Most grown children shudder at the thought of moving back in with their parents. All parents should shudder at the thought of their kids staying too long.
A recent analysis by the Pew Research Center finds that about 22% of 25- to 34-year-olds live in multi-generational households, and a Pew survey found three in 10 parents of adult children said at least one of their kids is living back home because of the economy.
It’s unpleasant to think about, but the fact is that there are some times when a person needs to move back home to get back on their feet because of job loss or money troubles. There certainly isn’t anything wrong or bad with that. Wrong and bad enter the equation when the adult child starts to settle in a little too much, doesn’t actively pursue a job, and just loafs around all day.
At that point, not only are they not maximizing themselves, but the parents are footing the bill. Some moms and dads have even chosen to delay retirement because they are supporting grown children. Talk about unfair!
When kids are living at home, you should make it as lovingly uncomfortable as possible for them. That means don’t let them sleep in every day, eat your food, and go clubbing at night without any responsibilities. They’ll get into a comfortable rut since all their needs are being met, and they will lose motivation to leave and be independent again.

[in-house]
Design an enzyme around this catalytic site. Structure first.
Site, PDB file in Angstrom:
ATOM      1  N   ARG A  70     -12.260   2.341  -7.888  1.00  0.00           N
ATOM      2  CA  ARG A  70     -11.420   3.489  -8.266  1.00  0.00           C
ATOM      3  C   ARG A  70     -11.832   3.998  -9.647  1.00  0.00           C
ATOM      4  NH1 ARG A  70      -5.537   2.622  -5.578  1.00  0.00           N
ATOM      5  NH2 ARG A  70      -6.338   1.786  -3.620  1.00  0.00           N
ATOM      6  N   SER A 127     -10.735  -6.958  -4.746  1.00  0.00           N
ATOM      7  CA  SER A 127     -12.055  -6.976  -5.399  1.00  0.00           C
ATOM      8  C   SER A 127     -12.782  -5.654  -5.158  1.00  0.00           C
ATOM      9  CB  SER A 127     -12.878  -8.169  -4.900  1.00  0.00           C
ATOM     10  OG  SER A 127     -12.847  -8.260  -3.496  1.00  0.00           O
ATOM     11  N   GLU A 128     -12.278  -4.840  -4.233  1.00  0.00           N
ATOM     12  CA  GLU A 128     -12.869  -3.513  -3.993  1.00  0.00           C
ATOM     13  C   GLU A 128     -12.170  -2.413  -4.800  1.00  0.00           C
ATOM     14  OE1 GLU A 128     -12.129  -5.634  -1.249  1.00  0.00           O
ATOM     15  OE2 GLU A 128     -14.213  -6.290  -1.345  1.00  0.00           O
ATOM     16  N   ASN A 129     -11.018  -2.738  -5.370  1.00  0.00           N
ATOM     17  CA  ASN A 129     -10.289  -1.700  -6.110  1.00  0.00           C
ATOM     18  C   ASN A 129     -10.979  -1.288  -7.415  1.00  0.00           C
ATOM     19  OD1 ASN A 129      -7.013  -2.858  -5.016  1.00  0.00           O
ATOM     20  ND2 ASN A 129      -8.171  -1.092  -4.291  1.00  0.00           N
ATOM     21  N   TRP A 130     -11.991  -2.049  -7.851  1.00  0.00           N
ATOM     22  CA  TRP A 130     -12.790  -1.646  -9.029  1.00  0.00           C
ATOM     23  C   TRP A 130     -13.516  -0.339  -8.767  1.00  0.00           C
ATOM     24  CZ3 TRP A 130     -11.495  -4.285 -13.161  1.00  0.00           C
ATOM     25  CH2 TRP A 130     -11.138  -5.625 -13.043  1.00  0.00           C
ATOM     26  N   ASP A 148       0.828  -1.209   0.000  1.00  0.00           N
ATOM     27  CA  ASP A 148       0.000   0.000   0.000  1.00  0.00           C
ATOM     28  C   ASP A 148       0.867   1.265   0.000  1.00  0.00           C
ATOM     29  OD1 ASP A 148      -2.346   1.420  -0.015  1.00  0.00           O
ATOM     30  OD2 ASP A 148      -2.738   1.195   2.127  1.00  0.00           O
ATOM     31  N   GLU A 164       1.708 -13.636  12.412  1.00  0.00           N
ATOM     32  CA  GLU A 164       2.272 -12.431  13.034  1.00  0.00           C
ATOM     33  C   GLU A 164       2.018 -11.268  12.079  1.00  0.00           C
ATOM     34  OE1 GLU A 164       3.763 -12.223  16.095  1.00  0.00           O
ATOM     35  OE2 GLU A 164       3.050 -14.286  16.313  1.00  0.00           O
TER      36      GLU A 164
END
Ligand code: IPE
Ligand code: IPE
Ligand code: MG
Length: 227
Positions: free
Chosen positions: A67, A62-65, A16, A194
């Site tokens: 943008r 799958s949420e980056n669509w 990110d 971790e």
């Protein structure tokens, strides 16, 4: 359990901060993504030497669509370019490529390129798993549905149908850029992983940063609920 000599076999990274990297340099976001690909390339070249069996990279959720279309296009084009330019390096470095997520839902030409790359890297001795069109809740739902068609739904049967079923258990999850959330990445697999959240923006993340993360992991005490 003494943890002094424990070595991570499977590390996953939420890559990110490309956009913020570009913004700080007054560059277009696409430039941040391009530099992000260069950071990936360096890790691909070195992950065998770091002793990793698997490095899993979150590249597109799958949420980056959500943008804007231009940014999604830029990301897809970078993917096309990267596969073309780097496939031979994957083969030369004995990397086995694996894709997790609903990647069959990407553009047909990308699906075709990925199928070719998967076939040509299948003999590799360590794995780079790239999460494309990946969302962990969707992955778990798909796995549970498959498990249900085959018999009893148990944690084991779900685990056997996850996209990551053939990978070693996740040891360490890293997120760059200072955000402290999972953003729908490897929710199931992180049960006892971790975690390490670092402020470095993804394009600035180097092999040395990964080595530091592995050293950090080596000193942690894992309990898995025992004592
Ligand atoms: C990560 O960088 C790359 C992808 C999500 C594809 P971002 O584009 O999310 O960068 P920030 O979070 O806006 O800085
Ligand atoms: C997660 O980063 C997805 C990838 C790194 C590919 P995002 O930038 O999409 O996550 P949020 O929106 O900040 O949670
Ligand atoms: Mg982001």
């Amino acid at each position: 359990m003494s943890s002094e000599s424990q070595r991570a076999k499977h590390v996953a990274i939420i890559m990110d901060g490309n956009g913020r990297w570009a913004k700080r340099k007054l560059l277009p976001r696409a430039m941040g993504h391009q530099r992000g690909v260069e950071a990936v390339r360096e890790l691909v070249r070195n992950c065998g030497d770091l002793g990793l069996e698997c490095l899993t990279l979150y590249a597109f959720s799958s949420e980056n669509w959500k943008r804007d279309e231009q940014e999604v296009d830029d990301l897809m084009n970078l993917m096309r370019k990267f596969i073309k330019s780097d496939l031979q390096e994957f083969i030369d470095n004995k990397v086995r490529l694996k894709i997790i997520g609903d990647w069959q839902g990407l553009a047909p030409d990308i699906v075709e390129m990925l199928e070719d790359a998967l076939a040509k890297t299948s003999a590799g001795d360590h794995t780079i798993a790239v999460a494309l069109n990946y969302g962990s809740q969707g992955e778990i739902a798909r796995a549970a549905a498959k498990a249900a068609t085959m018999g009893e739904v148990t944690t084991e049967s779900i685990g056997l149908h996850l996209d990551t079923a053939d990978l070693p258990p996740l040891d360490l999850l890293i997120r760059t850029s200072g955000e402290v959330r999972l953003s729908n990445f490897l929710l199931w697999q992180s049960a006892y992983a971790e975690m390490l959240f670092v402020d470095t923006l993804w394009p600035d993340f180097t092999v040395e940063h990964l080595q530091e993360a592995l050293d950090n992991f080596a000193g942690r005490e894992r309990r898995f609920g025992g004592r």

Decide with your spouse what parameters need to be set when a child moves back in. You may want your son or daughter to go on at least five interviews a week, or send out a certain number of resumes, or pursue networking opportunities. Just give them motivation to do something.
You might even have them get a part-time job delivering pizza or newspapers so they can have their own money and make their own budget.
In the meantime, if they are living with you, it won't hurt to give them some chores. Take the trash out. Feed the dog or cat. Mow the yard. Do some grocery shopping. Pick out what you need help with around the house and have them help you. Most likely you aren't charging them rent (though you can do that), so an extra pair of hands helping is an appropriate thing.
Doing all that isn't cruel; it's your house, and you decide who stays there and who doesn't. If the son or daughter sees that they won’t be living on Mom-and-Dad-will-take-care-of-me-for-as-long-as-I-want Boulevard, they will be itching to get a job so they can get back to living on their own terms. Giving them requirements keeps them sharp.
A good phrase to remember is “good fences make good neighbors.” We all need some fences around us to keep from wandering too far, giving us boundaries. We need to know our limits. It’s also good for our kids. And the same holds true for your money.
Creating and living on a budget tells every dollar where you want it to go. With adult children in the home, this is more important than ever. Don’t let circumstances in your home dictate your budget. You’re in control of your money, and your children need to know and learn that.